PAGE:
Cleaner Shipping Fuel: A Must for Arctic Black Carbon Cuts

As the International Maritime Organization’s Pollution Prevention and Response Committee (PPR 10) convened on April 24, the Clean Arctic Alliance issued a compelling appeal to the IMO. They urge the organisation to take bold steps in significantly reducing the adverse effects of black carbon emissions from shipping on Arctic sea and glacier ice.

The Alliance proposes the implementation of a mandatory directive, which would require all ships operating within the Arctic region to transition to clean energy fuels. This approach not only champions the use of clean marine energy in the area but also lends crucial support to green shipping fuel initiatives by encouraging a shift towards distillate fuels.

This action by the Clean Arctic Alliance is a direct response to an open letter they published to IMO Secretary-General Kitack Lim. In the letter, they urged Secretary-General Lim to implore all IMO members to address the Arctic climate crisis with the utmost urgency. Specifically, the Alliance emphasised the need for clean marine energy solutions to help reduce the carbon footprint of Arctic shipping.

“The reduction in black carbon emissions, which are a potent climate forcer, would be achieved through a mandatory fuel switch from dirty residual fuels to distillate fuels by ships operating across the broader Arctic, given the impact that shipping in and close to the Arctic regions can have on sea and glacier ice,” said Dr Sian Prior, Lead Advisor to the Clean Arctic Alliance, a coalition of 20 international non-profit organisations.

“The recent IPCC Synthesis Report makes clear that rapid, deep, and sustained action is needed across all sectors. To remain on or below a 1.5oC warming trajectory, ship climate impacts must be halved by 2030, with full decarbonisation close to 2040. This must include immediate cuts in black carbon emissions from ships, especially from those operating in and near the Arctic.”

“It is frustrating that the changes needed to rapidly reduce black carbon emissions from ships were not agreed and implemented when discussions on measures to reduce black carbon commenced over a decade ago. Reducing black carbon emissions does not require the development of new fuels or new technology. It simply requires cleaner fuel choices and the shipping sector catching up with what has been required of land-based power and transport systems for over a decade.”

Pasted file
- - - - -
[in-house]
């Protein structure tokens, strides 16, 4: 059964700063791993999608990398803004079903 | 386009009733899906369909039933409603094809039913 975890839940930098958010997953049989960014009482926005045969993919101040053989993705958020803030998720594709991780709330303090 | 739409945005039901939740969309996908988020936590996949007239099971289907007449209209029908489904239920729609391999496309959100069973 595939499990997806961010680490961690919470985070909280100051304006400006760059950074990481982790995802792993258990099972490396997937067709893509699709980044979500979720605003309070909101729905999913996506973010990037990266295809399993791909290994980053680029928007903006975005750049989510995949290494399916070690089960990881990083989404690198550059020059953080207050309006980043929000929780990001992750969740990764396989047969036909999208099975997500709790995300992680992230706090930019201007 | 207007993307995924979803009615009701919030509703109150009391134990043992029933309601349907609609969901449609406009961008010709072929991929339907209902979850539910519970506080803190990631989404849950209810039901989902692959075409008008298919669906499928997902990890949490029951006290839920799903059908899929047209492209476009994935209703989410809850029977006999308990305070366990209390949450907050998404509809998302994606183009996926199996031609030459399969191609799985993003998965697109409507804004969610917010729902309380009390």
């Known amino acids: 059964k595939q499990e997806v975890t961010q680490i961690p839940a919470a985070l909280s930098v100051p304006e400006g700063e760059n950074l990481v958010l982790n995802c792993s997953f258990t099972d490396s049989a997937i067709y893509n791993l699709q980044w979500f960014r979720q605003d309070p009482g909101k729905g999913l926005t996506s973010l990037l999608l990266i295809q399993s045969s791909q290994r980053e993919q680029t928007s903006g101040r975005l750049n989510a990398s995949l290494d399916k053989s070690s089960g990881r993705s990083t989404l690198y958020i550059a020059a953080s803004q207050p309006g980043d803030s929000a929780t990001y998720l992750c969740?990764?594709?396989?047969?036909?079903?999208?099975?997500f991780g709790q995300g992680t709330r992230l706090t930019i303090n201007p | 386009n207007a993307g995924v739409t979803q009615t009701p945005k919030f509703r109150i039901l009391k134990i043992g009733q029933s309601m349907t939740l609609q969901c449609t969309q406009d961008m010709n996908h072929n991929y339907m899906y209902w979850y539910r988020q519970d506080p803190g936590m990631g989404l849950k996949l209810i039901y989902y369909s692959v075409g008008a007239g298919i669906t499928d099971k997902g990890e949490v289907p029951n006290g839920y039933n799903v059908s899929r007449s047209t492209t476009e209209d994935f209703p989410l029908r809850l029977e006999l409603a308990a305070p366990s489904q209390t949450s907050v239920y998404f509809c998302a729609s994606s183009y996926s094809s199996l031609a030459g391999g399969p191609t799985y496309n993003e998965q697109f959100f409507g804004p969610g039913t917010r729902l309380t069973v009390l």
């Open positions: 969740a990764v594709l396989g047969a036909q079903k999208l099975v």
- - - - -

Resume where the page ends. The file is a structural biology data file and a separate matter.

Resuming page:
The Clean Arctic Alliance also calls on IMO Members to bring forward proposals to designate Emission Control Areas (ECAs) in the Arctic and adjacent sea areas, such as the North Atlantic, where black carbon emitted from ships can reach the Arctic. The proposed ECAs should enforce stringent regulations promoting the use of clean marine energy and green shipping fuels.

Furthermore, the Alliance emphasises the pressing need for additional measures to curtail black carbon emissions. These measures include the development of a rigorous aromatic fuel standard and the implementation of a requirement for the installation of diesel particulate filters on ships operating in the Arctic.

“The Arctic, its wildlife, and its people are running out of time,” added Prior. “In 2010, the IMO Member States recognised the need for action to reduce black carbon emissions from ships – thirteen years later, the IMO must finally support mandatory action for measures that can be implemented quickly, such as a switch to cleaner fuels and use of filters, designation of emission control areas and the development of aromatic fuel standard.”

Photo credit: iStock/avstraliavasin

The best maritime news and insights delivered to you.

Here's what you can expect from us:

  • Event offers and discounts
  • News & key insights of the maritime industry
  • Expert analysis and opinions on corruption and more